Testing this deck gave me a valuable piece of information- just because an interaction is powerful does not mean it is worth playing. Sadly, I did not realize this until I was blinded by the next idea that I decided to investigate.

After gaming with Exhume for a number of days, I became enamored with the interaction of Rotting Rats, Unearth, and the other Rats (cheap disruptive black creatures). Going back to the original conversation I had with Greg about tapped potential, I remembered discussing Dark Ritual.

Dark Ritual makes BBB

Chittering Rats and Liliana's Specter both cost 1BB.

Rotting Rats plus Unearth costs 1BB.

I was stricken with tunnel vision and built a deck with the core of:

4 Dark Ritual

4 Unearth

4 Rotting Rats

4 Ravenous Rats

4 Chittering Rats

4 Liliana's Specter

The other cards did not matter because I only cared about these.

Read that again.

The other cards in my sixty, the cards I am supposed to love, did not matter.

This was a huge mistake. If a card goes into a deck, it needs to be there- it has to matter. I did not care. I wanted to make my deck work based upon the cool interaction of the cards listed above. And I was blinded by starts involving a Ritual, Rotting Rats, Unearth, and another creature. I won some games and was fooled into thinking that this core was good. Could it be? Maybe, but I doubt it.

Baseball time! Anyone who knows me knows I am a die hard Mets fan. This season, I expected very little from the team, as it was a rebuilding year without being branded as one. The team did fine for the first few months, playing as expected.

Then, in June, they rattled off an insane streak of wins. Nothing impossible, but totally unexpected. The problem was, it gave fans hope. The Mets currently sit in third place, playing worse than before, and will likely miss the playoffs.

Both those decks gave me a June to remember. I had games that defied expectations and made me believe that what I was doing was productive, that my practice and wins mattered. In actuality, these decks just fell short. Could there be kernels of information that can inform what I do in the future? Absolutely.

This was only half the problem, however. The larger half was that I refused to give up. I εΎ’ knew that the Ritual Rats deck had potential, even if my games showed me other wise. The games would involve either me locking them out early or losing in the mid and late game. I was convinced that because I was winning some of my games that the interaction I had uncovered was a valid way to win at Magic. This was a false assumption.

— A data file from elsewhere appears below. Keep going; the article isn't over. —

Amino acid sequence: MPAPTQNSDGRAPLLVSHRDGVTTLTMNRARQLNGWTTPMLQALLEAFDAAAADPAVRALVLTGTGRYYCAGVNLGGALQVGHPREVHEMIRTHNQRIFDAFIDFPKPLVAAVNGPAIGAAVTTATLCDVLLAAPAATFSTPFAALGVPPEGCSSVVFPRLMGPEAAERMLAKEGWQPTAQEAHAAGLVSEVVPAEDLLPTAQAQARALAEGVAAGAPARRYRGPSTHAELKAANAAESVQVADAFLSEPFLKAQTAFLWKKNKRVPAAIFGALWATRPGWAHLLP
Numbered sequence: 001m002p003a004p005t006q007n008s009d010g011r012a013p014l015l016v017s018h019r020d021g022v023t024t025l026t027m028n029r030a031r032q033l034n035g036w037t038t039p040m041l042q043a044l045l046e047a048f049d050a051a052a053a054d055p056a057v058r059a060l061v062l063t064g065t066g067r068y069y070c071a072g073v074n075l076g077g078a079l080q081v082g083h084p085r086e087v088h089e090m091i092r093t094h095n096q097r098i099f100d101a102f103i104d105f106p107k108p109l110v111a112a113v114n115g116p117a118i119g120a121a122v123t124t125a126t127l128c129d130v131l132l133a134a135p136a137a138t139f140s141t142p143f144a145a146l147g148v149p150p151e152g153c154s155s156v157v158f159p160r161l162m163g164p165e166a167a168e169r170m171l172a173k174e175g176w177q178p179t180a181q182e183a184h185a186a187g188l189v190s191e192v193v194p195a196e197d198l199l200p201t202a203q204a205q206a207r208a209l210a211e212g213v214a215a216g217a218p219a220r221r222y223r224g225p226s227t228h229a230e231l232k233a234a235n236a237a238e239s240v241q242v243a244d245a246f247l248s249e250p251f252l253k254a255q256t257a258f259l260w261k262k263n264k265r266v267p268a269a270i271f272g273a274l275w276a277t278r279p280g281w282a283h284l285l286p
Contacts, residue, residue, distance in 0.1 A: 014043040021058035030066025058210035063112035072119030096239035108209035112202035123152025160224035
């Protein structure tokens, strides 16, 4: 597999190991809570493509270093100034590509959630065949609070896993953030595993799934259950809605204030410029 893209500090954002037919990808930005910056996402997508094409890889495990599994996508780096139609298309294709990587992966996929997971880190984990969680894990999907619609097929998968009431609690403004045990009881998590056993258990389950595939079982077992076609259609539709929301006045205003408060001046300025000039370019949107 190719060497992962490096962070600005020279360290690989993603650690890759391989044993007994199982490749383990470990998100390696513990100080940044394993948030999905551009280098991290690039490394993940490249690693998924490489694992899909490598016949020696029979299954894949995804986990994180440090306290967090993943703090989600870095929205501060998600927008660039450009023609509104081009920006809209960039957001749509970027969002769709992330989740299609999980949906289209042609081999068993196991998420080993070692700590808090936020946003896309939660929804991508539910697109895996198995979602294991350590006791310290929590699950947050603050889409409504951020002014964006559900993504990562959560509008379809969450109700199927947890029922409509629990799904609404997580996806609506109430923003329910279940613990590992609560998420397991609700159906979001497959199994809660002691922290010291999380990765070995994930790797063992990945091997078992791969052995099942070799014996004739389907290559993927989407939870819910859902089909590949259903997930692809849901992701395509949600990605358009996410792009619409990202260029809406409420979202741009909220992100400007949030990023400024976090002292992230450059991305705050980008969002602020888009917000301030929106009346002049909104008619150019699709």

The truth is that in any competitive format there are going to be far more powerful interactions than there are decks that house them. Pauper is no different. Just because we can Exhume a Crusher does not mean it is a winning strategy to do so. Just because Crop Rotation is in the format does not mean there is a way to exploit the tutor.

75 cards wins a tournament: not 60, not 40, not 20, and not 8. Looking back, so many of my decks just tried to win on the interactions of an inappropriate portion of the cards in the stack. I could get away with this because I was playing PDC or early Pauper where the format was largely unexplored and potent interactions could simply overpower an opponent.

Deep Dog is a great example of this. Does it have good cards? Absolutely. Does it have strong interactions? I would say so. However, the deck itself is sub-par.

In Pauper, one cannot simply will a deck into existence. All interactions, on some level, are known. Every potential collection of cards is a known quantity to the universe- it is we the deckbuilders that do the work of discovering the correct 60 and 75.

I did not invent Ritual, Rotting Rats, Unearth- I just found it. I grew attached to it. I took it home and called it my own because I thought it was.

It was not.

It belongs to Magic.

This was a liberating realization. In competitive Pauper, there is one goal- to win. This means finding the best deck for a day, a week, a tournament, a queue. To do this, you must know the format inside and out to understand its strong and weak points. Goblins rose to counter Tendrils of Corruption, Oh Snap! (the Seth Burn name for the UG Cloud of Faeries based combo deck) rose due to a resilience to countermagic, and the rise of Boomerang is a counter to this.

Each format has strong points and holes in the armor, and understanding how to maneuver strong decks in to these waters is a recipe for success. Sometimes that means have the best deck, other times it means having a good deck that you know better than anyone else.